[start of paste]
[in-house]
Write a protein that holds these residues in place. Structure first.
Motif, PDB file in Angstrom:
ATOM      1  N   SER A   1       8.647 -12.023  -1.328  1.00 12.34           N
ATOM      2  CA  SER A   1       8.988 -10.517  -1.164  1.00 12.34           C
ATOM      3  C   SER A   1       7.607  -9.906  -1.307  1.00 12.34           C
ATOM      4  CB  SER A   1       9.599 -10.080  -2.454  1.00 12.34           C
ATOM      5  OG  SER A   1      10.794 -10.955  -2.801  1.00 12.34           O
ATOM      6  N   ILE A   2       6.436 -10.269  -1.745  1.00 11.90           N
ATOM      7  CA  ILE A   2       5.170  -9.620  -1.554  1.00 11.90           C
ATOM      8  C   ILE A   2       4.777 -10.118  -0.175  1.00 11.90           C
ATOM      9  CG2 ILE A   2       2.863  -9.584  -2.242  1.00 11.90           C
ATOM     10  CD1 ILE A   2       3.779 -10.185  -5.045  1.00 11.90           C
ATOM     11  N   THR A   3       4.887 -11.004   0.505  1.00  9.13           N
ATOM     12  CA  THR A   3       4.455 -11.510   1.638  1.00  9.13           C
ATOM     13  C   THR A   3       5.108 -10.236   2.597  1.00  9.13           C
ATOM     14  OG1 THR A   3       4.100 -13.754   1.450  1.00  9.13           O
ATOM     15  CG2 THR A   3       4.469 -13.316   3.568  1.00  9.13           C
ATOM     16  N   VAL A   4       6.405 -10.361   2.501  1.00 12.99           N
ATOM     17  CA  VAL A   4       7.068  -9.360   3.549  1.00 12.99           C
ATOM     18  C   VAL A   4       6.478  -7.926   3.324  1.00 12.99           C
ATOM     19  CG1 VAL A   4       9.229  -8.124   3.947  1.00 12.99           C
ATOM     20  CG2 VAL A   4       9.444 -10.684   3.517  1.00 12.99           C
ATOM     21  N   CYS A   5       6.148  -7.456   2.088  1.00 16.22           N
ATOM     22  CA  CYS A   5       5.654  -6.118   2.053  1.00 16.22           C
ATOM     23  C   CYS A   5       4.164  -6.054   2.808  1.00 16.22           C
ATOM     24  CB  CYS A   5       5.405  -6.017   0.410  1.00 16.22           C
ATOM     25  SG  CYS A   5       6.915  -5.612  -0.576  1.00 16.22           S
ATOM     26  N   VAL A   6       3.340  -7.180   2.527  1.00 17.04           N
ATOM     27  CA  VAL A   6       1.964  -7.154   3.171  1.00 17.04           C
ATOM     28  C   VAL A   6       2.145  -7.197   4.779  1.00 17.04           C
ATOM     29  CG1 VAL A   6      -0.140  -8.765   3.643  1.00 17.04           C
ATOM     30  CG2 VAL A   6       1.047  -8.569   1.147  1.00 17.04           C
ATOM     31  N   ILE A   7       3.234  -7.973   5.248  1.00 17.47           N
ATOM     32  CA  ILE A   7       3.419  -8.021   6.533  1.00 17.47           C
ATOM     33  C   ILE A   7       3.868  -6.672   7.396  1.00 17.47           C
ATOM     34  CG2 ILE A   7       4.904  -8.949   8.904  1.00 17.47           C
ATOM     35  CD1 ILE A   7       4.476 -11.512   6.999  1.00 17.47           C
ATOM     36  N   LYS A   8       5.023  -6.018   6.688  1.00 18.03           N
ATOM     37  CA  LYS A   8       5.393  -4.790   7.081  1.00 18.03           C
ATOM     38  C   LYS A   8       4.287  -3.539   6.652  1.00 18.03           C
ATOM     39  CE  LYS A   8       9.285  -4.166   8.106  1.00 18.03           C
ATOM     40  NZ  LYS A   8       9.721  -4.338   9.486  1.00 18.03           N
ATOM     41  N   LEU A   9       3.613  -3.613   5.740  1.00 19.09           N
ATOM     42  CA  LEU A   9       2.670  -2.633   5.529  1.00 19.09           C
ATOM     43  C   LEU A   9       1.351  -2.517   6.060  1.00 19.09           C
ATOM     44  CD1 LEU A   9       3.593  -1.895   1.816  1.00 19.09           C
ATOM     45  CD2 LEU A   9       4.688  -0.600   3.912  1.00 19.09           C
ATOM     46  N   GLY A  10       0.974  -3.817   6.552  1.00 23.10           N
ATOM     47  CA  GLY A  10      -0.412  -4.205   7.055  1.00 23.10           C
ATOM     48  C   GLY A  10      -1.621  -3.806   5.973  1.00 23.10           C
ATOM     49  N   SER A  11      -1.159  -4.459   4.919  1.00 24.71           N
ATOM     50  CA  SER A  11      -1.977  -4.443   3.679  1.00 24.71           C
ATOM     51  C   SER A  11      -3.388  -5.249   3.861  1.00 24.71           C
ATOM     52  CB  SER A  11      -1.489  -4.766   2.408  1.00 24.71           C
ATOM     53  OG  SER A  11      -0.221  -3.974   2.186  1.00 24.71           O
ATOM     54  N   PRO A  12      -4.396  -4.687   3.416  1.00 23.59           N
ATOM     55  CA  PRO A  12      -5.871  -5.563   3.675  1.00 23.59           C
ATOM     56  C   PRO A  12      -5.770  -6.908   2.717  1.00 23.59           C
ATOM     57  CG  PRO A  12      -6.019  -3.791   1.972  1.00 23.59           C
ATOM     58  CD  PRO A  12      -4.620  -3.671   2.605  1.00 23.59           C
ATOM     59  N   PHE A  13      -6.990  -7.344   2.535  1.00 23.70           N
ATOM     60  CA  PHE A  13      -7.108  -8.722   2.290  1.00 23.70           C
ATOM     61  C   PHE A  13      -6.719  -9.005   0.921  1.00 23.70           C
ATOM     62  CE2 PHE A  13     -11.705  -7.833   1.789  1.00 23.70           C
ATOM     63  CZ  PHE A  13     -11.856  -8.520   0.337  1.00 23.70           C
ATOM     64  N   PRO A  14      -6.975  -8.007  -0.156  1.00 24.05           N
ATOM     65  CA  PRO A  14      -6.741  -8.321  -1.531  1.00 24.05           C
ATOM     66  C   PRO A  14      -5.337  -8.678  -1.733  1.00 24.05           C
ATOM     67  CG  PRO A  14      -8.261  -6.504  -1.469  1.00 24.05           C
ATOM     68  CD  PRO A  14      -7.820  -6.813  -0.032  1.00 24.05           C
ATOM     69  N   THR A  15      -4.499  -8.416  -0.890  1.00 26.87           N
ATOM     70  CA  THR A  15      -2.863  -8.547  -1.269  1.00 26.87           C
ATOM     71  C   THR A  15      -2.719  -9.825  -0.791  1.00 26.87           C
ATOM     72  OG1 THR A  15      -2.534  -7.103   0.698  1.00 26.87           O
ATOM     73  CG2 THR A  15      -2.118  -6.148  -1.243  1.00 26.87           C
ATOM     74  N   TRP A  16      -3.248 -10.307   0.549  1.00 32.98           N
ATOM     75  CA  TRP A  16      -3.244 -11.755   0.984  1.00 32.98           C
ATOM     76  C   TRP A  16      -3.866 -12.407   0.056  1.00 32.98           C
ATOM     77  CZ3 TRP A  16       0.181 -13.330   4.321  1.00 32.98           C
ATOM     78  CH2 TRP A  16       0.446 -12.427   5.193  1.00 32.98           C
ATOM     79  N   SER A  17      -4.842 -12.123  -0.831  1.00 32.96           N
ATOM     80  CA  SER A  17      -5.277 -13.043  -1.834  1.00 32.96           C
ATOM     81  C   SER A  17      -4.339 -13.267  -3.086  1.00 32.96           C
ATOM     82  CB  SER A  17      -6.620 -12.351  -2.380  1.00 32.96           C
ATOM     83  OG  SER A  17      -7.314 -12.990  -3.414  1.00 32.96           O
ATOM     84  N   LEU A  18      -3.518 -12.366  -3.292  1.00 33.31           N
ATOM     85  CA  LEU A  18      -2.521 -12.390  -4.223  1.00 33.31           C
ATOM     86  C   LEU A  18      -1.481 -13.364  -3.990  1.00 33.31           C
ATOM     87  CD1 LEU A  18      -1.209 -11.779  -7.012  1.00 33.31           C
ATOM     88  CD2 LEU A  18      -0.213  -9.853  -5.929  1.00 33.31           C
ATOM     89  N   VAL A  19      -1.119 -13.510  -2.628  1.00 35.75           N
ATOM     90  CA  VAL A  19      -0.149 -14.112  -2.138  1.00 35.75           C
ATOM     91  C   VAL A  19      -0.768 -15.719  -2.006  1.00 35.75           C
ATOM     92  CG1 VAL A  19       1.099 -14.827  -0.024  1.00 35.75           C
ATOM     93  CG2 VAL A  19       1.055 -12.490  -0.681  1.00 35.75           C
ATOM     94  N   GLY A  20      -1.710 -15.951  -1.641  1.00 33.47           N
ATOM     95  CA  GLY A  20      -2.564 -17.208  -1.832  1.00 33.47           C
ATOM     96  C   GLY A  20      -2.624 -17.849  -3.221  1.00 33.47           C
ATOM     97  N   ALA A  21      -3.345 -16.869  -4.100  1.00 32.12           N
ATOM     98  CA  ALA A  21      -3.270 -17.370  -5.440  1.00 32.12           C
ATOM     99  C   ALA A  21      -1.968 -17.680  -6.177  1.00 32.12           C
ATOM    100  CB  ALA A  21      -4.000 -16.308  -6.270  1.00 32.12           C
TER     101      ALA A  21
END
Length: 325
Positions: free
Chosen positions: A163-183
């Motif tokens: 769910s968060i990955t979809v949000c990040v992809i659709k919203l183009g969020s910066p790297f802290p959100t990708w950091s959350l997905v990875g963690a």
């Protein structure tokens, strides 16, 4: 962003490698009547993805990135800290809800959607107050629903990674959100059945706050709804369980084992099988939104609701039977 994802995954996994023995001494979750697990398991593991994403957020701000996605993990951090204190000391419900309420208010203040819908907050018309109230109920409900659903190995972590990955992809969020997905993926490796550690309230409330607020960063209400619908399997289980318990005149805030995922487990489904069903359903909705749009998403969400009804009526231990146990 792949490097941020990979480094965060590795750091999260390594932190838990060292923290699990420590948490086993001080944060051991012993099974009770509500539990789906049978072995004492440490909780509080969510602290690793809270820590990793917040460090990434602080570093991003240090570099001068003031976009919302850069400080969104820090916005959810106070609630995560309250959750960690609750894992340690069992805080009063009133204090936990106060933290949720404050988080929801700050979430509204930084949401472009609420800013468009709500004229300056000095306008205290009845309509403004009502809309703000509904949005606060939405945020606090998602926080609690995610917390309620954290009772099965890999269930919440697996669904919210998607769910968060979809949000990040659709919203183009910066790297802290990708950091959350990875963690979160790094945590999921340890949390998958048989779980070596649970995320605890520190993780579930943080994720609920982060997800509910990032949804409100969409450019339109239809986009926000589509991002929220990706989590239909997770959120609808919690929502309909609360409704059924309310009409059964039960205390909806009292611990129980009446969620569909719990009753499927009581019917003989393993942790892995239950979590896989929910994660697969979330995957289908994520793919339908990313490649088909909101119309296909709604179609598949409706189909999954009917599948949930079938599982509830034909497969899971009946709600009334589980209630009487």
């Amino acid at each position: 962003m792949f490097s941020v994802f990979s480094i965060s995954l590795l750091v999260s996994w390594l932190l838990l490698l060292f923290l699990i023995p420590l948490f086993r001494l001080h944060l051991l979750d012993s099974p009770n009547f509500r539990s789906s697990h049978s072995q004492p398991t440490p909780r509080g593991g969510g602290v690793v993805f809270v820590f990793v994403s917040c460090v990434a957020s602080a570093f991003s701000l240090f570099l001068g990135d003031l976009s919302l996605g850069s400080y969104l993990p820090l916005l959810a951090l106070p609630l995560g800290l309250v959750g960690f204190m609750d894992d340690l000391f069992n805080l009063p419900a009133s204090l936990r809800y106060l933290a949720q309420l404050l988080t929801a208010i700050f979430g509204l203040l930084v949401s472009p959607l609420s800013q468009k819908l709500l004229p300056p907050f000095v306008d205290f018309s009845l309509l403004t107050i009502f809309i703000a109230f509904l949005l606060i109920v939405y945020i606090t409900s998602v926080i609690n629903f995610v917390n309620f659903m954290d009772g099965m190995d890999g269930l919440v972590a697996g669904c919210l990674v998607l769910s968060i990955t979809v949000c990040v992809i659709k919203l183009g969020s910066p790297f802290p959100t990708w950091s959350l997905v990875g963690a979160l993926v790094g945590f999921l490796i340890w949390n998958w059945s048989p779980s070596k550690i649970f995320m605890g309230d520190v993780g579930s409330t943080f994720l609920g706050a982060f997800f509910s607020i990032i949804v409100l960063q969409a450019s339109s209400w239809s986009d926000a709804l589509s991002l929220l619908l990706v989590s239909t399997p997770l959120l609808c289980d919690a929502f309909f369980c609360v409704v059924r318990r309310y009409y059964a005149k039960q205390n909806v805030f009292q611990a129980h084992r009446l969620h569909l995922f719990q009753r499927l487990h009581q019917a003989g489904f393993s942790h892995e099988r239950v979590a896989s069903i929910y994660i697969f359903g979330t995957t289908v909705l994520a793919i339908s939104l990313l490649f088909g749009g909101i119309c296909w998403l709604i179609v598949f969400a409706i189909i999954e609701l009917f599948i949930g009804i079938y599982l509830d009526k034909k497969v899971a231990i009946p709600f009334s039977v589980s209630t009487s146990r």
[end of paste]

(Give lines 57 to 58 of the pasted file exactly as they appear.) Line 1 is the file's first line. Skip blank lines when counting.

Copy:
ATOM     54  N   PRO A  12      -4.396  -4.687   3.416  1.00 23.59           N
ATOM     55  CA  PRO A  12      -5.871  -5.563   3.675  1.00 23.59           C